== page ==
I wrote an opinions piece on Feb. 11 for Pipe Dream entitled “Sexual trauma does not justify further violence in Palestine.” Since its publication, many details have been misinterpreted and I’d like to set the record straight.

First and foremost, the problem I isolated is the way the New York Times (NYT) manipulated Gal Abdush’s family and a grainy video to push a certain narrative. Regardless, my argument is not that Abdush’s story is unimportant. My argument is that her story is being unjustly used to perpetuate racism against Palestinian folks and support their demonization in the media. 

I apologize for not making it more clear that I believe Israeli women have experienced trauma and have been terrorized by Hamas in my original column. The NYT’s article is one specific article that has distorted events from Oct. 7, but that does not mean sexual violence did not occur that day and is not actively occuring. We should believe all women, including Israeli women. Political beliefs should not invalidate anyone’s trauma nor should they prevent them from receiving proper resources. Furthermore, there are many Israeli women who have experienced sexual violence despite NYT’s failure to cover first-hand testimony — as sexual violence is understandably difficult to discuss both in private and public.

However, my original column is only critiquing the NYT’s appropriation and near-fetishization of Israeli women’s trauma, namely that of Abdush. Abdush’s sister publicly criticized the NYT article’s highly romanticized language and publicly denied her sister’s rape, although this statement has since been deleted on social media. The original column has been edited to reflect backlash against the NYT’s manipulation of Abdush’s story and not their definitive factual insufficiency.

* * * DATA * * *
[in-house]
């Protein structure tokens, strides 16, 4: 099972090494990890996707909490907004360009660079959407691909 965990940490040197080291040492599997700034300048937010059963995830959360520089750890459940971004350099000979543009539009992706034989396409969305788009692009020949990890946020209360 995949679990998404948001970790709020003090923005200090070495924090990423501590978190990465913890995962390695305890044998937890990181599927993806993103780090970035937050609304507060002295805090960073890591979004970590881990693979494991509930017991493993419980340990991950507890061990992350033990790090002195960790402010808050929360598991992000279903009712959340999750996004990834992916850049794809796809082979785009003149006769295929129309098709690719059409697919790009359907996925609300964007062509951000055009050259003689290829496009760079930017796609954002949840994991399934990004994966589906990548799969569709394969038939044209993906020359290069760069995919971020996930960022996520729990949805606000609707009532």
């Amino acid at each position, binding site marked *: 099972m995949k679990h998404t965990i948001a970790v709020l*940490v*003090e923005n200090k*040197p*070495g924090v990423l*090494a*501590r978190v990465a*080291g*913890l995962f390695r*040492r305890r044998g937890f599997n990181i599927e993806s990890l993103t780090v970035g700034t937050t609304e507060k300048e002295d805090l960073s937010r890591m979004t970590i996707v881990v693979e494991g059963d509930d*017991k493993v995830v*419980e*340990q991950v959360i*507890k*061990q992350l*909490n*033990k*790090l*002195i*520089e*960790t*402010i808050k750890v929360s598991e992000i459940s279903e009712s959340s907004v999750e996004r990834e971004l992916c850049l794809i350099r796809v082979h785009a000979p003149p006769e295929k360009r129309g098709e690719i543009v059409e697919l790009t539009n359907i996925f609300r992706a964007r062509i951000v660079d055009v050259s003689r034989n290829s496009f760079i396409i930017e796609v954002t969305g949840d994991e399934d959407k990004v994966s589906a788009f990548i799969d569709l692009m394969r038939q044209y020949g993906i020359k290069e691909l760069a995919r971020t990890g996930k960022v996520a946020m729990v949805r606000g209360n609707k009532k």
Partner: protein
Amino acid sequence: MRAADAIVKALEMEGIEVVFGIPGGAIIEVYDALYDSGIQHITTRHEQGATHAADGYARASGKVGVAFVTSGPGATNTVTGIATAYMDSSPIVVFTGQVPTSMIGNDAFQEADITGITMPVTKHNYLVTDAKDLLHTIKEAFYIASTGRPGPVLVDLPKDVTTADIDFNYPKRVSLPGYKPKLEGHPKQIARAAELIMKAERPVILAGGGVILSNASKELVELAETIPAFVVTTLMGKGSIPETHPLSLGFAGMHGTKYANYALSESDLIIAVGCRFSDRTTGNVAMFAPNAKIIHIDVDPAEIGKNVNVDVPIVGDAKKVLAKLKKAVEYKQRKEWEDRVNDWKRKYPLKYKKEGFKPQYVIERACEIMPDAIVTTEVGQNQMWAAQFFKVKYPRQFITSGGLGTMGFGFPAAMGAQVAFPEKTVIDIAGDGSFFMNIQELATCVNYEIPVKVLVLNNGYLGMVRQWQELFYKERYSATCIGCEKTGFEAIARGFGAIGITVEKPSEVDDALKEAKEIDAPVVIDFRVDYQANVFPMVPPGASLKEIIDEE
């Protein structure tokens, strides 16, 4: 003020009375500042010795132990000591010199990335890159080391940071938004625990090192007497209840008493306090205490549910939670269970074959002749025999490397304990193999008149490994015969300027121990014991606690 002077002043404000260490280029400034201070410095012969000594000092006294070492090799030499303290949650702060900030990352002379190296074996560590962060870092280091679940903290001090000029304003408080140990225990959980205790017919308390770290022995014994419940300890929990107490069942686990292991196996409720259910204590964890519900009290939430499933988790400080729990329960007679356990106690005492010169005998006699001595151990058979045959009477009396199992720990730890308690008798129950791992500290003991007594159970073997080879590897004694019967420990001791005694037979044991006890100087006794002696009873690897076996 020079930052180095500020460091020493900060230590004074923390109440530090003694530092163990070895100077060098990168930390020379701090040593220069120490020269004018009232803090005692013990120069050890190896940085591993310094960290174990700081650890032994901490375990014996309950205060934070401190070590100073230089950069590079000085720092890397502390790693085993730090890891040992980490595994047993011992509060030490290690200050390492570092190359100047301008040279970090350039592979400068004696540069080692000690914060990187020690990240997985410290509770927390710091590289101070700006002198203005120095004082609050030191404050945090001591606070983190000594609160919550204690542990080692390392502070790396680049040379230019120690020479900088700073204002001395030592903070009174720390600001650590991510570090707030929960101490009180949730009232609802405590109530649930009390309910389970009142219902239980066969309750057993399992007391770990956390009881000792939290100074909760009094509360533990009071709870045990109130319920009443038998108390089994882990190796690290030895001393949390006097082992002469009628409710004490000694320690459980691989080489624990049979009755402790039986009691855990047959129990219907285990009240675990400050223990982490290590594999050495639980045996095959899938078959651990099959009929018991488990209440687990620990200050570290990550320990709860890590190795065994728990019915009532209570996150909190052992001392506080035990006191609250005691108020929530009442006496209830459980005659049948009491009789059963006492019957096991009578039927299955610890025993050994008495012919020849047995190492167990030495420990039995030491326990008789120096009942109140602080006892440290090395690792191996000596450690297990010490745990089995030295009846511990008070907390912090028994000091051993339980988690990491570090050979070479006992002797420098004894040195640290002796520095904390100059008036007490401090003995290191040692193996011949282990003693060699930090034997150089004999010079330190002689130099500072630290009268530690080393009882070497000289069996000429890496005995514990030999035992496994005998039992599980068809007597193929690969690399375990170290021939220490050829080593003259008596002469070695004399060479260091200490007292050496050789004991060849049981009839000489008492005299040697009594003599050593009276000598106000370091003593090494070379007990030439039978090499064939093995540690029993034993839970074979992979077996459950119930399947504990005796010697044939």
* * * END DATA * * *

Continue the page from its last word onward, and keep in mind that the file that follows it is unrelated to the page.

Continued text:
Note that in the original column, I misnomered the victim and her sister — Gal Abdush is the victim of sexual assault in the NYT article and Miral Alter is her sister. After reviewing the column and several sources, this factual mistake has been corrected along with additional rhetorical concerns — see the editor’s note for more information. 

My argument is that we should never condone one woman’s trauma to justify another’s. In my original column, I cited multiple instances of Palestinian women coming forward with their stories of sexual and reproductive abuse, which many have called misinformation while claiming to believe all women, which is incredibly ironic.

Ultimately, Israeli women’s very real sexual trauma should never justify the also real systemic rape, harrassment and abuse of Palestinian women — bringing justice to Palestinian women is not and should never be mutually exclusive with listening to Israeli women nor is it mutually exclusive with condemning Hamas — and Western media outlets, such as the NYT, need to take accountability for their erasure of Palestinian trauma in privileging one group over another. 

Julie Ha is a junior double-majoring in English and comparative literature and is Pipe Dream’s Assistant Opinions Editor.

Views expressed in the opinions pages represent the opinions of the columnists. The only piece which represents the views of the Pipe Dream Editorial Board is the Staff Editorial.